The most recent Farm Bill included the usual bit of farm subsidies to growers of various sundry crops-- corn, soybeans, wheat, etc. The politicians take advantage of the occasion to trumpet their concern for those "poor family farmers" in America-- you know, the ones who are scraping to get by and who NEED all this government handout financed by the increasingly generous American taxpayers. So, we taxpayers write checks to farmers and pay them to NOT grow certain products-- in theory to ensure the price of a given commodity crop will be high enough to sustain on honest living for those poor family farmers, and "ensure food security" for all of us. Or at least, this is the sales pitch broadcast loudly and broadly to the American people.
But the truth is quite different than that. In the recent edition of The Economist, it was noted that the average American farmer's net income is one third higher than the income of the average American non-farmer. Where then are the struggling family farms who deserve such massive flows of government largesse?
But even more aggregious is the fact that the overwhelming majority of the Farm Bill money doesn't even go to the "struggling" family farmers. The majority of it is a gift-wrapped handout to massive agribusinesses like ConAgra Foods and Archer Daniels Midland. Other recipient are similarly less deserving-- hobby farmers like Ted Turner and Sam Donaldson also benefit handsomely from the government financing their particular fondness for the rural vacation.
As if this kind of government intervention into the food market was not yet foolhardy enough, the Gov't has generously mandated the adoption of Ethanol as a fuel additive in many locales-- a move no doubt cheered by the big corn-producing agribusinesses who already have money coming out their ears (if you'll pardon a pun).
So the government mandates something that will drastically increase the demand for corn, which is the primary source for ethanol production. As you may remember from Economics 101, this increase in demand has raised the price for Corn.
But because farmers can choose which crops to grow and will understandably act in their own interest and plant the crop that will make them the most money, we have now seen more corn planted where soy beans or other farm commodities were once planted. The net result is that the price of all crops goes up because of supply shortfalls.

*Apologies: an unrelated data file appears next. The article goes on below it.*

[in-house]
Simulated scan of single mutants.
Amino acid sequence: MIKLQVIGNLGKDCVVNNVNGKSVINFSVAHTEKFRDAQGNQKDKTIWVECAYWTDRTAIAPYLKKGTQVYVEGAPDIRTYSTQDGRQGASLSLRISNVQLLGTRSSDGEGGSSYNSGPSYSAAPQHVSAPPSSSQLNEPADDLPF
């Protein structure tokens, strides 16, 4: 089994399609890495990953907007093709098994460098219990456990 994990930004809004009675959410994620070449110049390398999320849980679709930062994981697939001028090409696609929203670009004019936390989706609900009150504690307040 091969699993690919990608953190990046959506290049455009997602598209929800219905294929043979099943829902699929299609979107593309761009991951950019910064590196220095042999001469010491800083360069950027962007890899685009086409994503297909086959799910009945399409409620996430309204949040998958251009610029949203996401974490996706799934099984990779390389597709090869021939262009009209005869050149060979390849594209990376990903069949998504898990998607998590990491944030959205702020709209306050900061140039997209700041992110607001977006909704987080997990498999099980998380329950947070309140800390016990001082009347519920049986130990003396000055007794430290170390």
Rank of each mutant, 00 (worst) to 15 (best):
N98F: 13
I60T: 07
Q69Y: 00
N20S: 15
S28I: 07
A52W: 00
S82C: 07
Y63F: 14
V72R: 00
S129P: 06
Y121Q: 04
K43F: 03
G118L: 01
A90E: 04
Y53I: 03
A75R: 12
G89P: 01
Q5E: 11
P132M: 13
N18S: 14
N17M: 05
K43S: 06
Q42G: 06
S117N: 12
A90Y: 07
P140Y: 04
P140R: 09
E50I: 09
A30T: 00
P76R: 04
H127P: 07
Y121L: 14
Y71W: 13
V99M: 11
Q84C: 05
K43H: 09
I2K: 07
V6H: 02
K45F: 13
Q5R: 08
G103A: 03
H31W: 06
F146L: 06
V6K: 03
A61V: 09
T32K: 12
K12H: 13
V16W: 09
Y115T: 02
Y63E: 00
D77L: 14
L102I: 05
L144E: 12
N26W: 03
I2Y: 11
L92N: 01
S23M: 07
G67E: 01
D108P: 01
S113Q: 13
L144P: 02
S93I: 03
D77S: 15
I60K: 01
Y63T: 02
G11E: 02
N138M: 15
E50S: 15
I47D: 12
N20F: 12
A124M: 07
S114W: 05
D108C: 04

You can see this everywhere you look at your local grocer; bread, milk, eggs, and many vegetables are substantially more expensive than at any point in recent history.
Thus the combined effect of the Farm Bill and the ethanol mandate is that we taxpayers are paying Billions of dollars a year to make our own food more expensive and our cars less efficient.
Now, this alone should suffice to anger you. But to illustrate just how absurd is this policy, let's change the names of the actors and keep the principle the same.
Imagine that tomorrow a member of Congress introduces the Gasoline Bill. Like food security, fuel security is absolutely essential to our modern lives. As we cannot live without food, we cannot live without gas. Because it is so important to our lives, we MUST safeguard the producers of the product. Thus, the Gasoline Bill, which proposes to pay oil companies in America billions of dollars a year to NOT refine oil into the products we need. This will ensure that the price of gasoline goes up to the $5/gallon mark essential to the prosperity of the small family oil company.
How would you feel about billions of your tax dollars being used to make gasoline more expensive for you? Now, my little parallel isn't perfect-- but far more appropriate than one might think since both are commodities for which there is a global market.
The history of governments big and small intervening in free markets is one full of case studies where a great number of people paid a price to enrich a much smaller and more powerful few.